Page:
No, School Choice Does Not Defund Public Schools
A version of this commentary appeared in the Kansas City Star.
School choice legislation is under consideration in the Missouri legislature, which means it is time for the same misleading argument against the effort to be trotted out—school choice programs “defund” public education. If the voices of the educational establishment are to be believed, allowing even a small number of students to find an educational option other than the traditional public school that they are residentially assigned to will lead to larger class sizes, decreased offerings for students, and lower teacher pay.
None of that is true. In fact, it is a veritable pinata of falsehood and unclear thinking that can be whacked from many different angles. Here are four ways in which this argument is wrongheaded.
First, it is important to think about how schools are funded. A large portion of funding comes via local property taxes. This funding stream flows into schools regardless of the number of students that attend them. A levy is instituted against the value of homes and property in an area and sent to local school districts. If 10 or 100 or 1,000 students leave, local funding is untouched. Don’t believe us? Check your property tax bill.
Schools also receive funding from the state on a weighted, per-student basis. This is where the second bit of slippery thinking comes in. Rather than being punished for students leaving, there are multiple provisions in both the current formula and in several of the proposed pieces of school choice legislation that hold districts harmless. This means school districts may continue receiving funding for students they are no longer educating. For instance, if 100 students decided to move from the Rockwood School District to the Wentzville School District, the state would still send funding to Rockwood for those students for two years while also sending money to Wentzville. That’s under normal circumstances in the current state law. The school choice bill that passed through the Missouri House of Representatives goes even further, allowing school districts to receive funding for five years after a student leaves one of its schools.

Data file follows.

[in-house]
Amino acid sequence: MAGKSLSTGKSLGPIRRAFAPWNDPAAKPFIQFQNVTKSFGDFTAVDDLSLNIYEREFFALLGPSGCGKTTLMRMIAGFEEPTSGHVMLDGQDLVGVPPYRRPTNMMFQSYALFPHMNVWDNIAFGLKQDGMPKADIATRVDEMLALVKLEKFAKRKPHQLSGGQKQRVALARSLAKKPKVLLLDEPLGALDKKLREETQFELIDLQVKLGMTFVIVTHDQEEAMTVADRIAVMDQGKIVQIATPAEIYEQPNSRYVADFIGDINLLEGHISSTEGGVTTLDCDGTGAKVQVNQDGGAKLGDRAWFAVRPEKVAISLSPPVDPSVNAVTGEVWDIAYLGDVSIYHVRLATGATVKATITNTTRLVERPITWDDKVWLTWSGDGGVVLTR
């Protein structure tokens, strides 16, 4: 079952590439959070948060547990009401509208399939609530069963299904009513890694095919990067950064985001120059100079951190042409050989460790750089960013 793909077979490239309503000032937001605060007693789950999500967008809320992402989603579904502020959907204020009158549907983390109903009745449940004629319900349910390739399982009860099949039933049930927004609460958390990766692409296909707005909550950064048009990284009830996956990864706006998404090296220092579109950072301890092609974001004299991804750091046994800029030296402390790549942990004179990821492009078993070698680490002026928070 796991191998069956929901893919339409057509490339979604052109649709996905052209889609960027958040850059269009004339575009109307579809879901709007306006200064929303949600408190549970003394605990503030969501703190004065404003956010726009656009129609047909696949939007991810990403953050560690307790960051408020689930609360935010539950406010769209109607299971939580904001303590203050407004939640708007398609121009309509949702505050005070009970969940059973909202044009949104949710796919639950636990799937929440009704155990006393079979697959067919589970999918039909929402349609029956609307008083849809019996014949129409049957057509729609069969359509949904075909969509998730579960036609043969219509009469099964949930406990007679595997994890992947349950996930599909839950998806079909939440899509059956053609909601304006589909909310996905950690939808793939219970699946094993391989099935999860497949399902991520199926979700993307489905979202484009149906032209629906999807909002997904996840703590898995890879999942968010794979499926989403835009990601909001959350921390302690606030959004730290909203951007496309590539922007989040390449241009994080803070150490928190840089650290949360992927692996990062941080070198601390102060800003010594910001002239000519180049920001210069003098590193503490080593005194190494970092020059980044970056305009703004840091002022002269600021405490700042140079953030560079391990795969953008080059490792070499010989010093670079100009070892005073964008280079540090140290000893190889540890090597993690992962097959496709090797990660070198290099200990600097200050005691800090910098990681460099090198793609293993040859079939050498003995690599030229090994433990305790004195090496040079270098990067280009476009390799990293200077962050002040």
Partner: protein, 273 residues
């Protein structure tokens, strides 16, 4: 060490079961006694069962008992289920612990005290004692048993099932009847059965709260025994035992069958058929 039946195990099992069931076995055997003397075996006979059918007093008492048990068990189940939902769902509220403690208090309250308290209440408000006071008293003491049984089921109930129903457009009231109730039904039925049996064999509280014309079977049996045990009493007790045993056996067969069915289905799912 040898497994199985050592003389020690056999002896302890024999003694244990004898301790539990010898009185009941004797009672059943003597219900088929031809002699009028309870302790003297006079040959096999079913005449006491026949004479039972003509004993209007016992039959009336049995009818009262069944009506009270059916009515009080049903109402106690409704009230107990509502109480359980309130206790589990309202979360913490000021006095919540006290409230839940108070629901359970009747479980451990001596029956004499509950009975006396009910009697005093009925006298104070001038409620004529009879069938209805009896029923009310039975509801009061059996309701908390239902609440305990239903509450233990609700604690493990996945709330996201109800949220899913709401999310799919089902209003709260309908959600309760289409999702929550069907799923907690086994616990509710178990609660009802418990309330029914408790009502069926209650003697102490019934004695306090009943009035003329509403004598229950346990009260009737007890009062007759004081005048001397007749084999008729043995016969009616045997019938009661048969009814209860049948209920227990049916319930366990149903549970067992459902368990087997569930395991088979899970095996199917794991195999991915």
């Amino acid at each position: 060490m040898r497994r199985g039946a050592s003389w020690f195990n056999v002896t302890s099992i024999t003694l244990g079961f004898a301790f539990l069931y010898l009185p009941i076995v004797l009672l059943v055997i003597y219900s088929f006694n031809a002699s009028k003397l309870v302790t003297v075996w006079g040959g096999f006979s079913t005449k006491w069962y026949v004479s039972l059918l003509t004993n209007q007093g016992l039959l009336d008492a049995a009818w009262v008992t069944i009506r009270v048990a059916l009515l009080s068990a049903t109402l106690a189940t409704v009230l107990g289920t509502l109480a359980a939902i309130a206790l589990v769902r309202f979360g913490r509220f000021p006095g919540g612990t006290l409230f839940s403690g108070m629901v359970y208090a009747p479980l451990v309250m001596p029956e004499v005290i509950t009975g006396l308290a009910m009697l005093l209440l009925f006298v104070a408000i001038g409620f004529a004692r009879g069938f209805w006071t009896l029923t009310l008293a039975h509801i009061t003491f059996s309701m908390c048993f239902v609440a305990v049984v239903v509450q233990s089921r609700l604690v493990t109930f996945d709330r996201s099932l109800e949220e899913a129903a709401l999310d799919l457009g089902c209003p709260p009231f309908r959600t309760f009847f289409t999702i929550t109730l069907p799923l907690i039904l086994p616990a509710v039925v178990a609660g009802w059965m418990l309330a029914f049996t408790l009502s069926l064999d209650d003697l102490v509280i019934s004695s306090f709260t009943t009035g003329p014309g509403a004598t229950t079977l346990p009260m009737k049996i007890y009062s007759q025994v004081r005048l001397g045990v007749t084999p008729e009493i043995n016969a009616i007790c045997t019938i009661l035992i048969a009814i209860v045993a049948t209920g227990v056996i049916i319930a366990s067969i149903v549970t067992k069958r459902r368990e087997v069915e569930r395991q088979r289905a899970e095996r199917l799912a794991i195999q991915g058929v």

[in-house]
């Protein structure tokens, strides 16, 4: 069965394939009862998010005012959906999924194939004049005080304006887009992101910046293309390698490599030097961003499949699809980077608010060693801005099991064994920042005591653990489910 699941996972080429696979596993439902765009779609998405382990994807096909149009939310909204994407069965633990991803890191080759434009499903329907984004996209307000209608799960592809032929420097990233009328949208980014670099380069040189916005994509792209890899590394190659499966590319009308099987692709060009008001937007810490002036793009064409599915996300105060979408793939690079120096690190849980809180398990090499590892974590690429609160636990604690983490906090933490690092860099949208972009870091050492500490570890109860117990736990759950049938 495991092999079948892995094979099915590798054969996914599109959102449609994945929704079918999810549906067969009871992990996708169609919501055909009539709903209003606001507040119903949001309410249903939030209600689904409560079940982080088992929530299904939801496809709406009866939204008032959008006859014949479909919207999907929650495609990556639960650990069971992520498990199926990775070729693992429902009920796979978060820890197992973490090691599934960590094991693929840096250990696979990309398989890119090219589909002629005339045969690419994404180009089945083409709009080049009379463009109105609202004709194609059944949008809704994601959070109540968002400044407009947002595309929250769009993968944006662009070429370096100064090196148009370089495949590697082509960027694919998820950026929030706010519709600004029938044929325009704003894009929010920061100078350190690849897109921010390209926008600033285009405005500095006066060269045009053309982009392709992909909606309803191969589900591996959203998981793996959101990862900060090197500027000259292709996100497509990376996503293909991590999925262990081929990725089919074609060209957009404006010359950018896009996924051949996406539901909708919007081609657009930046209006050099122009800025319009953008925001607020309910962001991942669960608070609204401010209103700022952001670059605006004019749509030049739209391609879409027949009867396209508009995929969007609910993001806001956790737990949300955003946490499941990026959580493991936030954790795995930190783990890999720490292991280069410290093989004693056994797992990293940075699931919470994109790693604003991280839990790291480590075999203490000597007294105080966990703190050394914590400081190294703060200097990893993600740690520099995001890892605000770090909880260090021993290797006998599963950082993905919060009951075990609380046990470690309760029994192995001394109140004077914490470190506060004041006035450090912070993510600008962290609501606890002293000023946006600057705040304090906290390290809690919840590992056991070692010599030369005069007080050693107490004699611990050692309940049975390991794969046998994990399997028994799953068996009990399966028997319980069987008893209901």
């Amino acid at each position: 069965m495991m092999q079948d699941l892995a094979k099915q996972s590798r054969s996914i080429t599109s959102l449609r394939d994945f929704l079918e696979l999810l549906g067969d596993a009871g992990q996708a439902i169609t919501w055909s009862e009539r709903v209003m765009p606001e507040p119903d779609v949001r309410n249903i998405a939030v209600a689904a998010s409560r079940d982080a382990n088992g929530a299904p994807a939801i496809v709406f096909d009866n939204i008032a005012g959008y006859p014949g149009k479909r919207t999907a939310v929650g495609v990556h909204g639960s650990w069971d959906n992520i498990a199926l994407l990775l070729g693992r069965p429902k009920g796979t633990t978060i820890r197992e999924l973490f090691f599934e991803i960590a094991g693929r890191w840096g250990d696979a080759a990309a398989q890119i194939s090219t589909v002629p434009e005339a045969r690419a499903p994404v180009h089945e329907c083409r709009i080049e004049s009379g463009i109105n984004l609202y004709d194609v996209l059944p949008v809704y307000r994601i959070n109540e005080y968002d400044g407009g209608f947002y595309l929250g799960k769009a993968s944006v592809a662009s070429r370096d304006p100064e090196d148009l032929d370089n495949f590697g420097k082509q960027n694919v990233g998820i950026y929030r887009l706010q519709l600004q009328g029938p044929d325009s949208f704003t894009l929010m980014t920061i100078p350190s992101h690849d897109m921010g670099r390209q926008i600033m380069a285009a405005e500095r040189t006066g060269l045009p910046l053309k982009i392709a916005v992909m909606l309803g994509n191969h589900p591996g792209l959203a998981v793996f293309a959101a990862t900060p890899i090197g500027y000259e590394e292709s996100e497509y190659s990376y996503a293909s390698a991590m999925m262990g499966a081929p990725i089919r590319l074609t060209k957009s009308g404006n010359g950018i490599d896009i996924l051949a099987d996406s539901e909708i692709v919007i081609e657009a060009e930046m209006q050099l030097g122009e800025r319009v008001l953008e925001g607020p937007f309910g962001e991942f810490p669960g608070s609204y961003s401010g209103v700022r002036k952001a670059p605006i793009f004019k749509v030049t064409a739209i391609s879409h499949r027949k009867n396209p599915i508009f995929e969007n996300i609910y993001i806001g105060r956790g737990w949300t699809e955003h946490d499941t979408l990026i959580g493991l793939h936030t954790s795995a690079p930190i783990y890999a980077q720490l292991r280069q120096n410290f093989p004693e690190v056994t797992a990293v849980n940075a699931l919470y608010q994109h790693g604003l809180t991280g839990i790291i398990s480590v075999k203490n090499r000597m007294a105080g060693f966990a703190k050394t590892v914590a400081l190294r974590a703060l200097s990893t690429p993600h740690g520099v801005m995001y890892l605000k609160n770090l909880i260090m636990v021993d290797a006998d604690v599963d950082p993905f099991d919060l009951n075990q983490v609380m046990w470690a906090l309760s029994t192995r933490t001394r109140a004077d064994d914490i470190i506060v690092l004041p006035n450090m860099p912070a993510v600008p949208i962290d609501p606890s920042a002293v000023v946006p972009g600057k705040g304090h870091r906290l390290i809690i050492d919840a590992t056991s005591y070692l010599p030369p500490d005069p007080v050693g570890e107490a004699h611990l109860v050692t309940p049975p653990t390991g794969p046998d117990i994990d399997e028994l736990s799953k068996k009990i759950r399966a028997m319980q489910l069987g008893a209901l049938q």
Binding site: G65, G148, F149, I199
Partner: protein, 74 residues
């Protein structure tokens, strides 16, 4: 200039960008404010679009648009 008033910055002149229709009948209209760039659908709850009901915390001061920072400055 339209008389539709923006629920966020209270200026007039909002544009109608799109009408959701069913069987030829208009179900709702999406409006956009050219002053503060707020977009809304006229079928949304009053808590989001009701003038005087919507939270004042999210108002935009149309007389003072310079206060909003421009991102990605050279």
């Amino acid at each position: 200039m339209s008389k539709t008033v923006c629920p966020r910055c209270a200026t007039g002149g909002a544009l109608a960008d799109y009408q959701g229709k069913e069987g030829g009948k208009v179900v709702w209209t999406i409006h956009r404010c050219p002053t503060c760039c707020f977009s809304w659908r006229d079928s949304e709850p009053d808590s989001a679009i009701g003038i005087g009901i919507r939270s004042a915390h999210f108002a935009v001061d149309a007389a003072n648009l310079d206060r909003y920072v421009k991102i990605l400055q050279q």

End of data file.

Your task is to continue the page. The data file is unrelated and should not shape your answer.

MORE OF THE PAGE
But beyond that, the third bit of slippery thinking is based on the premise that students leaving schools is akin to “defunding” them. This way of looking at the issue ignores several key facts. When students leave, yes, some portion of the money allocated for them leaves as well (after a period of time), but the district no longer has the obligation to educate them. Both the revenue and the expense leaves. Critics are only looking at one side of the ledger. By this logic, parents choosing to homeschool their own children “defunds” education; so does the student who moves. Do we think that a student “defunds” the Blue Springs school district when they move to Lee’s Summit? Should we bar families from moving? Taking that logic to its conclusion leads to absurdity.
Some people will acknowledge all that we have pointed out and yet still claim tax credit scholarships “defund” public education by reducing the amount of general revenue. This brings us to our fourth point. And we have to be clear here: the state does not spend any state tax money on a tax credit scholarship program. These programs are funded by charitable donations which receive tax credits. Tax credits, whether for development or for charitable endeavors, can lead to a reduction in general revenue for the state. That part is true, but when is the last time you’ve heard the complaints that low-income housing tax credits “defund” public education? This argument suggests that any program which could potentially impact education funding is actually “defunding” education. Money that goes to roads could instead be going to schools. Was the expansion of Medicaid a massive $9 billion effort to defund public education? Again, this is absurd.
Particularly in the wake of the coronavirus pandemic, there are important debates to be had about the shape and nature of our public school system in Missouri. These debates will benefit from clear thinking and facts, not misleading and tired rhetoric.